On Oct. 29, the NCAA Board of Governors made a unanimous decision to start the process for allowing collegiate athletes to profit from the use of their name, image and likeness, with directions to each of the three divisions to consider how they will craft their own bylaws in accordance with this policy. Michael V. Drake, the president of the Board and of the Ohio State University, emphasized the importance of this change.
“This modernization for the future is a natural extension of the numerous steps NCAA members have taken in recent years to improve support for student-athletes, including full cost of attendance and guaranteed scholarships,” Drake said.
California was the first state to not only allow college athletes to profit from the use of their name, image and likeness, but also to hire their own sports agents. The bill, known as the Fair Pay to Play Act, was signed by Governor Gavin Newsom on Sept. 30, 2019, when the NCAA still prohibited college athletes from receiving any monetary compensation.
“Colleges and universities reap billions from these student-athletes’ sacrifices,” Newsom said in a statement. “That’s a bankrupt model, one that puts institutions ahead of the students they are supposed to serve.”
In response, the NCAA stated that schools in California would get an “unfair recruiting advantage” which would prevent them from being able to participate in NCAA competitions.
However, the NCAA supported changes to the organization on a national level, so a working group was appointed to figure out the implementation of this policy. They determined that the NCAA’s policy should ensure that student-athletes are treated similarly to non-athletes; the emphasis for student-athletes remains on academics and the college experience, compensation does not pay for athletic performance or participation, enforceable and transparent rules promote fair and balanced competition, students remain students and not employees of the university, diversity and inclusion is enhanced, and the recruiting environment is protected. The NCAA will implement this policy no later than January 2021.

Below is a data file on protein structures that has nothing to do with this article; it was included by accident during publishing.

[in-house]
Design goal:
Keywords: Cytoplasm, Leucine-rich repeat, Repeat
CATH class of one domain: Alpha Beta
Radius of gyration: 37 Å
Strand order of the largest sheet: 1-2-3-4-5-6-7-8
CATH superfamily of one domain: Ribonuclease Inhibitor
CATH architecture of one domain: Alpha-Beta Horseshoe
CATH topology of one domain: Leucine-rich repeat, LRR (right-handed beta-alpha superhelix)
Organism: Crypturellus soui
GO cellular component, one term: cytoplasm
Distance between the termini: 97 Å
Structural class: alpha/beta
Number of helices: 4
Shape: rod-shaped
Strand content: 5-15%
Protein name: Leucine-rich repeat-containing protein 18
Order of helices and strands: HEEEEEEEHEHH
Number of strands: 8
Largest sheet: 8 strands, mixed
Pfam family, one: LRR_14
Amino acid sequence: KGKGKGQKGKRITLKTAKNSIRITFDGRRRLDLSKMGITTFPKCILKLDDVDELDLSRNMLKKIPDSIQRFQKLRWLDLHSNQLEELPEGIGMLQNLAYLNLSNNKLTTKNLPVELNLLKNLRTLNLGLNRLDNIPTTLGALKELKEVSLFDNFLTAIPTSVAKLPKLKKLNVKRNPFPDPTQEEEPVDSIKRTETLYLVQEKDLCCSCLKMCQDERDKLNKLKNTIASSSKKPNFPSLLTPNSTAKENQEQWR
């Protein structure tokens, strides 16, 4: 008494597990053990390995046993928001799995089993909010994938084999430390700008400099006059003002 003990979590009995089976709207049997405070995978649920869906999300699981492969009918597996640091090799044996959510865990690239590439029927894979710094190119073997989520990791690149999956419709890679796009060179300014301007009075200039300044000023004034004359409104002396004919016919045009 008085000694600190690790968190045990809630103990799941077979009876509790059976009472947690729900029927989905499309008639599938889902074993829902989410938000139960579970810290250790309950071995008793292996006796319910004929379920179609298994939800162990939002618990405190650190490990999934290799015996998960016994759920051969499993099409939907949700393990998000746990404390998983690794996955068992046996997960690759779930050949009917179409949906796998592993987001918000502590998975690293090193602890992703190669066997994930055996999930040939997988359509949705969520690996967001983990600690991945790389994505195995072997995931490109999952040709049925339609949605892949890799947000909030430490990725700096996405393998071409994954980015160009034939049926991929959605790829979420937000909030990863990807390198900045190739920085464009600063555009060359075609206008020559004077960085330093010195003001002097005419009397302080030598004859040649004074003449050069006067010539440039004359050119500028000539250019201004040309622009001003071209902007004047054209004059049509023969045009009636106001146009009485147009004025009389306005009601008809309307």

Guilford’s Head Women’s Basketball Coach Stephanie Flamini believes that this policy change would level the monetary playing field between student-athletes and other students.
“On the one hand, I think the players should be allowed to get paid since the general student can get paid to work during the year and student-athletes can’t necessarily do that because of their commitment to the sport,” Flamini said. “I do think the players should be able to share in the enterprise to their value. The free market works for students, and it should for student-athletes.”
However, she remains cautious about the possible implications of this policy as well.
“On the other hand, I do think it will create jealousy and could change a team dynamic,” Flamini said. “I can also see some Title IX issues with all of this. Not sure how it will affect Guilford athletes. Time will tell.”
Second-year Desmond “Des” Overton, a student-athlete at Guilford who is on the track team this year and was on the football team last year, is looking forward to the change.
“Student-athletes finally get to earn something for themselves after the hard work and dedication it took to get where they are today,” Overton said. “I think it’s time to start showing student-athletes some love.”
Editor’s note: This story originally was published in Volume 106, Issue 5 of The Guilfordian on Nov. 8 2019.